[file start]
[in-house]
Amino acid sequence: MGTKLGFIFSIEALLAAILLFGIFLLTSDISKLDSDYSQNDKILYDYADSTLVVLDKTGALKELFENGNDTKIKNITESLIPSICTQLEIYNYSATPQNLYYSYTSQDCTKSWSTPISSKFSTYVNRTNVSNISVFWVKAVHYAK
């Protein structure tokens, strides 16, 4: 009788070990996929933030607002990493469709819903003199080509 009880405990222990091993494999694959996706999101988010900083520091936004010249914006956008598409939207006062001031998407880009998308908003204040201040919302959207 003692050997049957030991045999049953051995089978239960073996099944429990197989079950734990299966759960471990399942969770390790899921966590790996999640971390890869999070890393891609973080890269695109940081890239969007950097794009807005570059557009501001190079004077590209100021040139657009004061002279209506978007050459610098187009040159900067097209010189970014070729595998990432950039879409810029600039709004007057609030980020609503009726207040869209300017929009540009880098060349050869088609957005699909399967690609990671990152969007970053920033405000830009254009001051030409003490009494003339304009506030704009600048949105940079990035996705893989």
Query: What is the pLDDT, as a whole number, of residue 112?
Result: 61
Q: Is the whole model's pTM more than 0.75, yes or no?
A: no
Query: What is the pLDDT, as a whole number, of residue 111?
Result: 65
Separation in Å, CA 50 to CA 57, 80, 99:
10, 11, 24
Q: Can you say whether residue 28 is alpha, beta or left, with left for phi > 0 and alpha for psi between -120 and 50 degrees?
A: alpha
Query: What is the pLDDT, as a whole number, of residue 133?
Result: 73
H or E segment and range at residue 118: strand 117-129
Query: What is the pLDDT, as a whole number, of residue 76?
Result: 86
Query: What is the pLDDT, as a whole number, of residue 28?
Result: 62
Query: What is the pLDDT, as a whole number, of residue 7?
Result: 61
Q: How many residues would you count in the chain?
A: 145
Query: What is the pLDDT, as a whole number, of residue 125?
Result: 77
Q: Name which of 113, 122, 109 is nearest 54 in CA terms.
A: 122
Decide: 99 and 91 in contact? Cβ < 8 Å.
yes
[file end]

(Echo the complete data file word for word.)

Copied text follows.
[in-house]
Amino acid sequence: MGTKLGFIFSIEALLAAILLFGIFLLTSDISKLDSDYSQNDKILYDYADSTLVVLDKTGALKELFENGNDTKIKNITESLIPSICTQLEIYNYSATPQNLYYSYTSQDCTKSWSTPISSKFSTYVNRTNVSNISVFWVKAVHYAK
């Protein structure tokens, strides 16, 4: 009788070990996929933030607002990493469709819903003199080509 009880405990222990091993494999694959996706999101988010900083520091936004010249914006956008598409939207006062001031998407880009998308908003204040201040919302959207 003692050997049957030991045999049953051995089978239960073996099944429990197989079950734990299966759960471990399942969770390790899921966590790996999640971390890869999070890393891609973080890269695109940081890239969007950097794009807005570059557009501001190079004077590209100021040139657009004061002279209506978007050459610098187009040159900067097209010189970014070729595998990432950039879409810029600039709004007057609030980020609503009726207040869209300017929009540009880098060349050869088609957005699909399967690609990671990152969007970053920033405000830009254009001051030409003490009494003339304009506030704009600048949105940079990035996705893989």
Query: What is the pLDDT, as a whole number, of residue 112?
Result: 61
Q: Is the whole model's pTM more than 0.75, yes or no?
A: no
Query: What is the pLDDT, as a whole number, of residue 111?
Result: 65
Separation in Å, CA 50 to CA 57, 80, 99:
10, 11, 24
Q: Can you say whether residue 28 is alpha, beta or left, with left for phi > 0 and alpha for psi between -120 and 50 degrees?
A: alpha
Query: What is the pLDDT, as a whole number, of residue 133?
Result: 73
H or E segment and range at residue 118: strand 117-129
Query: What is the pLDDT, as a whole number, of residue 76?
Result: 86
Query: What is the pLDDT, as a whole number, of residue 28?
Result: 62
Query: What is the pLDDT, as a whole number, of residue 7?
Result: 61
Q: How many residues would you count in the chain?
A: 145
Query: What is the pLDDT, as a whole number, of residue 125?
Result: 77
Q: Name which of 113, 122, 109 is nearest 54 in CA terms.
A: 122
Decide: 99 and 91 in contact? Cβ < 8 Å.
yes